KANSAS CITY, Kan. — Kansas and Missouri are failing when it comes to tobacco control policies, according to the American Lung Association.

The group issued its 21st annual “State of Tobacco Control” report.

The report looks at state and federal policies used to eliminate tobacco use. It also recommends tobacco laws that have been proven effective in other areas.

According to the American Lung Association, tobacco use is the leading cause of preventable death and disease in America. It kills more than 4,300 Kansas residents each year.

This gives us an important opportunity to improve the health of our state through proven policies, such as removing penalties for underage youth who purchase tobacco products and raising the legal tobacco sales age to 21 to align with federal law.

Sara Prem, American Lung Association in Kansas

The State of Tobacco Control report grades states in five areas. Kansas received the following grades:

  • Funding for State Tobacco Prevention Programs
    • F Grade
  • Strength of Smokefree Workplace Laws
    • A Grade
  • Level of State Tobacco Taxes
    • F Grade
  • Coverage and Access to Services to Quit Tobacco
    • D Grade
  • Ending the Sale of All Flavored Tobacco Products
    • F Grade

The report suggests Kansas lawmakers focus on passing legislation to remove criminal penalties and fines for teenagers who illegally buy tobacco products. Instead the group says lawmakers should raise the age to legally buy any type of tobacco to 21.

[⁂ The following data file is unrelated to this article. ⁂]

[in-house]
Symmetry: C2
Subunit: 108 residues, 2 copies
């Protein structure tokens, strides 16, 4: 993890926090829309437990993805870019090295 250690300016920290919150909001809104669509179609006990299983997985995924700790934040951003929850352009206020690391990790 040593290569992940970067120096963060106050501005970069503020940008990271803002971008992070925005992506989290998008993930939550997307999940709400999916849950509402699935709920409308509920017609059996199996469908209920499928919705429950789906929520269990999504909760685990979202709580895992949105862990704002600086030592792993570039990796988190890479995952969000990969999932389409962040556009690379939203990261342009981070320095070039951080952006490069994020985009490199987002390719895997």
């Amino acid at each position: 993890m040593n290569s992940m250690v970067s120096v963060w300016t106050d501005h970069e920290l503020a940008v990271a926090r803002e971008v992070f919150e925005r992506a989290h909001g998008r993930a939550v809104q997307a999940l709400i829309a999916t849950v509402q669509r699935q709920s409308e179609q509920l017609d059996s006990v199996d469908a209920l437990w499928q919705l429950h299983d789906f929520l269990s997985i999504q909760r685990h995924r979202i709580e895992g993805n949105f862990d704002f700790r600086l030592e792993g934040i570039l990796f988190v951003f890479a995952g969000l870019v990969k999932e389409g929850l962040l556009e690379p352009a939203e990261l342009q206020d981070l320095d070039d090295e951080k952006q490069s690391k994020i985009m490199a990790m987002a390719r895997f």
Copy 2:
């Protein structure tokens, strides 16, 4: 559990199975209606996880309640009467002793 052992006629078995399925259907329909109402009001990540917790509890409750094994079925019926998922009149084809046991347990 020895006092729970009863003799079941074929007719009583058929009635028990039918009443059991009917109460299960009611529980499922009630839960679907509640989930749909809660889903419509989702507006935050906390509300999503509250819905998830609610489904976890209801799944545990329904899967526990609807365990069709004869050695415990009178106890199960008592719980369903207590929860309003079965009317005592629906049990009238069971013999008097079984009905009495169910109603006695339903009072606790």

The American Lung Association also recommends Kansas lawmakers increase funding for tobacco prevention programs as well as initiatives to help people quit smoking.

Despite receiving $180 million from tobacco settlement payments and tobacco taxes, Kansas only funds tobacco control efforts at 9% of the level recommended by the Centers for Disease Control and Prevention

American Lung Association Statement

The Lung Association says it believes the funds should be used to support the health of our communities, and to prevent tobacco use and help people quit, and not switch to e-cigarettes.

Missouri’s grades are even worse.

  • Funding for State Tobacco Prevention Programs
    • F Grade
  • Strength of Smokefree Workplace Laws
    • F Grade
  • Level of State Tobacco Taxes
    • F Grade
  • Coverage and Access to Services to Quit Tobacco
    • C Grade
  • Ending the Sale of All Flavored Tobacco Products
    • F Grade

Just like in Kansas, the American Lung Association recommends Missouri lawmakers increase funding for tobacco prevention programs as well as initiatives to help people quit smoking.